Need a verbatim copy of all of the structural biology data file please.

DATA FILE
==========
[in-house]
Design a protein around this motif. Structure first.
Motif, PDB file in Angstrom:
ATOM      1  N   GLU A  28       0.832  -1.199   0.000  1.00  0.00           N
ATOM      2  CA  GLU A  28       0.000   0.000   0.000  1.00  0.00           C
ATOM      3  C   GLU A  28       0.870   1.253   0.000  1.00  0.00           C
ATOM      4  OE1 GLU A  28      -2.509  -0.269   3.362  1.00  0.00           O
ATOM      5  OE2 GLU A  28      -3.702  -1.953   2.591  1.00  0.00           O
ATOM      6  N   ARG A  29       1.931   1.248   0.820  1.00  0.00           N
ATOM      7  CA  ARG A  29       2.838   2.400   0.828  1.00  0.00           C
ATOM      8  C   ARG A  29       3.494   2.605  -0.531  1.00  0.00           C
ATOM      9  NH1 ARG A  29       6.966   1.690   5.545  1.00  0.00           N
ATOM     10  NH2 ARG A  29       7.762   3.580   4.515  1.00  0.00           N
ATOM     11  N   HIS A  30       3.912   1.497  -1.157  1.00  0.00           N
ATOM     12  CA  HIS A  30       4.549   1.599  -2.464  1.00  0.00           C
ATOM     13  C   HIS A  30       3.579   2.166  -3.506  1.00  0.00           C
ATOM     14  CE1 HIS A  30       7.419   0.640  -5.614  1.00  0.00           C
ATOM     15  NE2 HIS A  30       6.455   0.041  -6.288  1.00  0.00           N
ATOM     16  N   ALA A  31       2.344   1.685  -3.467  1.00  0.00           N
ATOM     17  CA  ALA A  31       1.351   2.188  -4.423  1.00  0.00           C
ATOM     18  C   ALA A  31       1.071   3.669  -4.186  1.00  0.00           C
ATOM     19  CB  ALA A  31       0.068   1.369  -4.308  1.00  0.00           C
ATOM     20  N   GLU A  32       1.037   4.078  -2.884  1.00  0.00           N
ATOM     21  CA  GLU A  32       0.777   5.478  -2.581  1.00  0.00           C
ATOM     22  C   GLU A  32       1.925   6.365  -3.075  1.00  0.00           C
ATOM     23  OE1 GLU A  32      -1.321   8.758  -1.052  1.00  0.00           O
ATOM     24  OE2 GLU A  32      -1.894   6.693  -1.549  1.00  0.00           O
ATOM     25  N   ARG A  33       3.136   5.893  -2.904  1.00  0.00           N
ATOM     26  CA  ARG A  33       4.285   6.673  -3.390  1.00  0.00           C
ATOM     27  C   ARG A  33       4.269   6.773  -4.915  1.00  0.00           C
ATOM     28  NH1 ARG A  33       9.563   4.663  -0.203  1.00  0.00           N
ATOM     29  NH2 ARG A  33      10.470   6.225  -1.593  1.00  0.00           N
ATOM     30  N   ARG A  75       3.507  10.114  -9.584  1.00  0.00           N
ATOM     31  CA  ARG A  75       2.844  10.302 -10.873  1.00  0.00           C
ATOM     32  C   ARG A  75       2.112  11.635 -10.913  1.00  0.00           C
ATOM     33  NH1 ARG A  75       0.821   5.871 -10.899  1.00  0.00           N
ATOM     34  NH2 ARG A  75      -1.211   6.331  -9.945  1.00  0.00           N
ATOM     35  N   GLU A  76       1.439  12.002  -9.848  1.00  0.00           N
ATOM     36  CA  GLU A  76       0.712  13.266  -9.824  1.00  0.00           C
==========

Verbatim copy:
[in-house]
Design a protein around this motif. Structure first.
Motif, PDB file in Angstrom:
ATOM      1  N   GLU A  28       0.832  -1.199   0.000  1.00  0.00           N
ATOM      2  CA  GLU A  28       0.000   0.000   0.000  1.00  0.00           C
ATOM      3  C   GLU A  28       0.870   1.253   0.000  1.00  0.00           C
ATOM      4  OE1 GLU A  28      -2.509  -0.269   3.362  1.00  0.00           O
ATOM      5  OE2 GLU A  28      -3.702  -1.953   2.591  1.00  0.00           O
ATOM      6  N   ARG A  29       1.931   1.248   0.820  1.00  0.00           N
ATOM      7  CA  ARG A  29       2.838   2.400   0.828  1.00  0.00           C
ATOM      8  C   ARG A  29       3.494   2.605  -0.531  1.00  0.00           C
ATOM      9  NH1 ARG A  29       6.966   1.690   5.545  1.00  0.00           N
ATOM     10  NH2 ARG A  29       7.762   3.580   4.515  1.00  0.00           N
ATOM     11  N   HIS A  30       3.912   1.497  -1.157  1.00  0.00           N
ATOM     12  CA  HIS A  30       4.549   1.599  -2.464  1.00  0.00           C
ATOM     13  C   HIS A  30       3.579   2.166  -3.506  1.00  0.00           C
ATOM     14  CE1 HIS A  30       7.419   0.640  -5.614  1.00  0.00           C
ATOM     15  NE2 HIS A  30       6.455   0.041  -6.288  1.00  0.00           N
ATOM     16  N   ALA A  31       2.344   1.685  -3.467  1.00  0.00           N
ATOM     17  CA  ALA A  31       1.351   2.188  -4.423  1.00  0.00           C
ATOM     18  C   ALA A  31       1.071   3.669  -4.186  1.00  0.00           C
ATOM     19  CB  ALA A  31       0.068   1.369  -4.308  1.00  0.00           C
ATOM     20  N   GLU A  32       1.037   4.078  -2.884  1.00  0.00           N
ATOM     21  CA  GLU A  32       0.777   5.478  -2.581  1.00  0.00           C
ATOM     22  C   GLU A  32       1.925   6.365  -3.075  1.00  0.00           C
ATOM     23  OE1 GLU A  32      -1.321   8.758  -1.052  1.00  0.00           O
ATOM     24  OE2 GLU A  32      -1.894   6.693  -1.549  1.00  0.00           O
ATOM     25  N   ARG A  33       3.136   5.893  -2.904  1.00  0.00           N
ATOM     26  CA  ARG A  33       4.285   6.673  -3.390  1.00  0.00           C
ATOM     27  C   ARG A  33       4.269   6.773  -4.915  1.00  0.00           C
ATOM     28  NH1 ARG A  33       9.563   4.663  -0.203  1.00  0.00           N
ATOM     29  NH2 ARG A  33      10.470   6.225  -1.593  1.00  0.00           N
ATOM     30  N   ARG A  75       3.507  10.114  -9.584  1.00  0.00           N
ATOM     31  CA  ARG A  75       2.844  10.302 -10.873  1.00  0.00           C
ATOM     32  C   ARG A  75       2.112  11.635 -10.913  1.00  0.00           C
ATOM     33  NH1 ARG A  75       0.821   5.871 -10.899  1.00  0.00           N
ATOM     34  NH2 ARG A  75      -1.211   6.331  -9.945  1.00  0.00           N
ATOM     35  N   GLU A  76       1.439  12.002  -9.848  1.00  0.00           N
ATOM     36  CA  GLU A  76       0.712  13.266  -9.824  1.00  0.00           C